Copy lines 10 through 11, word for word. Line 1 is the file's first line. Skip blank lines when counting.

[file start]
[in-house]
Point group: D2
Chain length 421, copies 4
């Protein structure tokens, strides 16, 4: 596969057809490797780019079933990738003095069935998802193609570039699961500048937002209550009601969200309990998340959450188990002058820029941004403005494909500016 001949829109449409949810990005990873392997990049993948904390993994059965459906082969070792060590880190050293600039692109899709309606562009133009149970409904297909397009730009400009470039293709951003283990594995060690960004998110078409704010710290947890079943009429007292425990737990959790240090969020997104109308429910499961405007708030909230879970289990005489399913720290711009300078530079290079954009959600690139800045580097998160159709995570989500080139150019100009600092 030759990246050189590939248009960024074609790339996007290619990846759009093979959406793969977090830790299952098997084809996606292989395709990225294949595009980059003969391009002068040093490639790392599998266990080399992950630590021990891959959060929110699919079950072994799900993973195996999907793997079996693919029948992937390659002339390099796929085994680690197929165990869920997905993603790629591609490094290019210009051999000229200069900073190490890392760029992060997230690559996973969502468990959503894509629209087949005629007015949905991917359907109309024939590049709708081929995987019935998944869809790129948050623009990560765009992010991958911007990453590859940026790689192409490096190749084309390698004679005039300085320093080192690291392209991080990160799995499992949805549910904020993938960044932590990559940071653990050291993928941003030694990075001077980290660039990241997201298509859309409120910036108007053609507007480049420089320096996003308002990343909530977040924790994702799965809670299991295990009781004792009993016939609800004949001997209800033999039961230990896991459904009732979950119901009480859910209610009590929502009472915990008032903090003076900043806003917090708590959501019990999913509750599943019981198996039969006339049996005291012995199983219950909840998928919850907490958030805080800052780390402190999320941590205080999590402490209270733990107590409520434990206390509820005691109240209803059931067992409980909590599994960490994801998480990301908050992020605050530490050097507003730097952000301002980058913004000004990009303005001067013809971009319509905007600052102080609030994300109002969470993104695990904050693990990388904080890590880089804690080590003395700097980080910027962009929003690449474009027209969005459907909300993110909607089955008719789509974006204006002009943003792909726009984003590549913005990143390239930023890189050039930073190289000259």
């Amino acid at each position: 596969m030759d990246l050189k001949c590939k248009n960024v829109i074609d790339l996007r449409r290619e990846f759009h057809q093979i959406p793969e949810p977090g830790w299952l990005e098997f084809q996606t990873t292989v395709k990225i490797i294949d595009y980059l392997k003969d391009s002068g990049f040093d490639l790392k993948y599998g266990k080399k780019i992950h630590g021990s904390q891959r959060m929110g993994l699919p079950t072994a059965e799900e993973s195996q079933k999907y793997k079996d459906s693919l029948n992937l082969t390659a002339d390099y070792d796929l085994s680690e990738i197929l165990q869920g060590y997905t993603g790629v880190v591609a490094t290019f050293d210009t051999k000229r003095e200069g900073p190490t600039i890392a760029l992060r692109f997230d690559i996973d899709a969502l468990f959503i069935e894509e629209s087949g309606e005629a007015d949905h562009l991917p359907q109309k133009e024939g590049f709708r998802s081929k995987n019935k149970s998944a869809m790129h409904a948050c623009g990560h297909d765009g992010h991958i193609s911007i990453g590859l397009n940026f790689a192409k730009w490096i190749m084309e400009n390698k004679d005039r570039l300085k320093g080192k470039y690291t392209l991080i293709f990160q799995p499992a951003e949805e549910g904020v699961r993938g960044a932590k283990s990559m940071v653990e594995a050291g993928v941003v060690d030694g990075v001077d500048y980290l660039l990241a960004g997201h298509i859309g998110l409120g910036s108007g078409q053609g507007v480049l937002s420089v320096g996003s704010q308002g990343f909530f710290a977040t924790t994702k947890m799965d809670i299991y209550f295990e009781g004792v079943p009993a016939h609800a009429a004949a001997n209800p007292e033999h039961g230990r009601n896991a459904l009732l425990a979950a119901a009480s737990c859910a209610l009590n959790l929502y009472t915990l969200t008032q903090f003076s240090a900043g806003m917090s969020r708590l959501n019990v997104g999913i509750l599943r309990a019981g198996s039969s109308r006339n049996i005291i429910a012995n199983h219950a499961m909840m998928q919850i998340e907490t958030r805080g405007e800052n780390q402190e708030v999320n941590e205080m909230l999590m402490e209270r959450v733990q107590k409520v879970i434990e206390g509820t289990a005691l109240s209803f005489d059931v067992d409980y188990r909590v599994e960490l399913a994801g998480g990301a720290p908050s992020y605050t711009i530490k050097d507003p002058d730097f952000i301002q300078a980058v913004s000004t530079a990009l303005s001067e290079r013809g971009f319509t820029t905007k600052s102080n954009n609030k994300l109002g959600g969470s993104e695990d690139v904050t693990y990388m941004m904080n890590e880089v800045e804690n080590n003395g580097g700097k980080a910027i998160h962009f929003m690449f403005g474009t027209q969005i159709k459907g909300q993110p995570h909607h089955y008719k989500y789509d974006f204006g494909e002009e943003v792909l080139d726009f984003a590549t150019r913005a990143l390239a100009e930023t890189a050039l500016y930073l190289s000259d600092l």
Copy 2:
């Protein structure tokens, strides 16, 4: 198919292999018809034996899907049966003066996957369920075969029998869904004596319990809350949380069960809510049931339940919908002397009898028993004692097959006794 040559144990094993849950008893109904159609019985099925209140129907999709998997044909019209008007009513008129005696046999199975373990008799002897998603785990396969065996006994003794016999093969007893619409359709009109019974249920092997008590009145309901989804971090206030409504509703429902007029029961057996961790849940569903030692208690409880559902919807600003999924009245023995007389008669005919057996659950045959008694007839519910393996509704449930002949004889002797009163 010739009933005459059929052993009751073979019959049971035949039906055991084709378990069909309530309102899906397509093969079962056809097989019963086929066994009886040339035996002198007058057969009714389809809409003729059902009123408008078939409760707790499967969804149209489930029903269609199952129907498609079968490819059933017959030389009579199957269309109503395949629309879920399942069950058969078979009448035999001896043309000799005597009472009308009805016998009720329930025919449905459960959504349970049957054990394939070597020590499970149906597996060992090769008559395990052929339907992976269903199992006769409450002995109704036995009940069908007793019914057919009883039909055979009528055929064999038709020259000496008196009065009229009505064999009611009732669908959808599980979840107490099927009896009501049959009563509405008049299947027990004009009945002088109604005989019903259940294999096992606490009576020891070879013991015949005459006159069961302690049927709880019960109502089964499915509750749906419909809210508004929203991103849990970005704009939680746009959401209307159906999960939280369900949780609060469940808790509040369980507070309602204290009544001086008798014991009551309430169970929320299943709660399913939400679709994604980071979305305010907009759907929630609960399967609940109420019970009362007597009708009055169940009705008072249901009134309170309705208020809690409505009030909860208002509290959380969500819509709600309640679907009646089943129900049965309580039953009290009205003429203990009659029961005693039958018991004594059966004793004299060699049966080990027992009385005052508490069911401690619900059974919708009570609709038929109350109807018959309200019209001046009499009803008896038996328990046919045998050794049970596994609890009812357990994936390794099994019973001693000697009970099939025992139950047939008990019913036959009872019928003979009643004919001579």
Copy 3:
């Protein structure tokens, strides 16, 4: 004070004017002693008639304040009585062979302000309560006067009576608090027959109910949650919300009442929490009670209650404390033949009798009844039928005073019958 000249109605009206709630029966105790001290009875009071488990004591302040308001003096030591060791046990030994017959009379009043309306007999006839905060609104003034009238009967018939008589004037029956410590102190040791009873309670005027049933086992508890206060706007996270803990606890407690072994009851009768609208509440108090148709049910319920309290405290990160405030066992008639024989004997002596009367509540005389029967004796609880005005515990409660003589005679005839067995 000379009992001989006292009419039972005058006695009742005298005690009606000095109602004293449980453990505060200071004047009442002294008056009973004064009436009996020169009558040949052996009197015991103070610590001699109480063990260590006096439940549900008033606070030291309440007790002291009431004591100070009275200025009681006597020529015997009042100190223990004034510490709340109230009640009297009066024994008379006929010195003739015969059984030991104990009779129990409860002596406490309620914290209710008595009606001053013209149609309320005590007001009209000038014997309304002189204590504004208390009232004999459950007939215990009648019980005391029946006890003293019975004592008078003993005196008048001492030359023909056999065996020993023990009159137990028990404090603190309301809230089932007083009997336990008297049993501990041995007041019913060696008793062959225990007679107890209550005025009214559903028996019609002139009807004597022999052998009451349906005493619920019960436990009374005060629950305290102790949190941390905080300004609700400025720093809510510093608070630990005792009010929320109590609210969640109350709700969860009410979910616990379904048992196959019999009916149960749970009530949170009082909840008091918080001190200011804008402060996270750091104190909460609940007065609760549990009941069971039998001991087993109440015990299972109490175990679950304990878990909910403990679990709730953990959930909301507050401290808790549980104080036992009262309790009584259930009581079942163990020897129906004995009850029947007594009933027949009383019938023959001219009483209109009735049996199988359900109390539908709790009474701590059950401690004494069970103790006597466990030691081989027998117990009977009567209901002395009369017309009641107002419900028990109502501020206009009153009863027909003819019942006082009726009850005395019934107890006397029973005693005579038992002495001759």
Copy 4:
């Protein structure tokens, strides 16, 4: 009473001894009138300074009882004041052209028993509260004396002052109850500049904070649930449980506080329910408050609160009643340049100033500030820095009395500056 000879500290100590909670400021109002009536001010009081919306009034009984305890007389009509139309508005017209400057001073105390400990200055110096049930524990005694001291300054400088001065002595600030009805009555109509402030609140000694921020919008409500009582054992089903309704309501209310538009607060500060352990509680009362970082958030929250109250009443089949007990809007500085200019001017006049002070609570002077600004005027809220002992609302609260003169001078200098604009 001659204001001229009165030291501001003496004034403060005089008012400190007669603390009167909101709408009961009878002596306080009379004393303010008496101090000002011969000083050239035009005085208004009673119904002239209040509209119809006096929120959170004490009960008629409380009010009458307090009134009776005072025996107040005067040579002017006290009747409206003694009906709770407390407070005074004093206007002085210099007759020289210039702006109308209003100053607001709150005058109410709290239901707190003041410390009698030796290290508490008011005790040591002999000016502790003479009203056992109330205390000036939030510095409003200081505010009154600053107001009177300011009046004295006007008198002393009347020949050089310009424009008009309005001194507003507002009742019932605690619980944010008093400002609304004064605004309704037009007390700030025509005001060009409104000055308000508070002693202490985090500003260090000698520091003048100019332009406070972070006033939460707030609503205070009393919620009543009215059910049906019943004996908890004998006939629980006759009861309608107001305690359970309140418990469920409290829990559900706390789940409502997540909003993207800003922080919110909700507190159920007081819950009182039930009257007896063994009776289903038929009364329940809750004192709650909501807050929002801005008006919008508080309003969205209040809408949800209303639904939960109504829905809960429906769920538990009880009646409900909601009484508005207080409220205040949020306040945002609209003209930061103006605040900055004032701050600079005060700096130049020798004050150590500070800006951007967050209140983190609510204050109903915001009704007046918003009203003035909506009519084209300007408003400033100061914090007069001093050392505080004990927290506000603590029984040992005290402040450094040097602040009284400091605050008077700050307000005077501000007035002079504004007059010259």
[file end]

Copy 4:
């Protein structure tokens, strides 16, 4: 009473001894009138300074009882004041052209028993509260004396002052109850500049904070649930449980506080329910408050609160009643340049100033500030820095009395500056 000879500290100590909670400021109002009536001010009081919306009034009984305890007389009509139309508005017209400057001073105390400990200055110096049930524990005694001291300054400088001065002595600030009805009555109509402030609140000694921020919008409500009582054992089903309704309501209310538009607060500060352990509680009362970082958030929250109250009443089949007990809007500085200019001017006049002070609570002077600004005027809220002992609302609260003169001078200098604009 001659204001001229009165030291501001003496004034403060005089008012400190007669603390009167909101709408009961009878002596306080009379004393303010008496101090000002011969000083050239035009005085208004009673119904002239209040509209119809006096929120959170004490009960008629409380009010009458307090009134009776005072025996107040005067040579002017006290009747409206003694009906709770407390407070005074004093206007002085210099007759020289210039702006109308209003100053607001709150005058109410709290239901707190003041410390009698030796290290508490008011005790040591002999000016502790003479009203056992109330205390000036939030510095409003200081505010009154600053107001009177300011009046004295006007008198002393009347020949050089310009424009008009309005001194507003507002009742019932605690619980944010008093400002609304004064605004309704037009007390700030025509005001060009409104000055308000508070002693202490985090500003260090000698520091003048100019332009406070972070006033939460707030609503205070009393919620009543009215059910049906019943004996908890004998006939629980006759009861309608107001305690359970309140418990469920409290829990559900706390789940409502997540909003993207800003922080919110909700507190159920007081819950009182039930009257007896063994009776289903038929009364329940809750004192709650909501807050929002801005008006919008508080309003969205209040809408949800209303639904939960109504829905809960429906769920538990009880009646409900909601009484508005207080409220205040949020306040945002609209003209930061103006605040900055004032701050600079005060700096130049020798004050150590500070800006951007967050209140983190609510204050109903915001009704007046918003009203003035909506009519084209300007408003400033100061914090007069001093050392505080004990927290506000603590029984040992005290402040450094040097602040009284400091605050008077700050307000005077501000007035002079504004007059010259």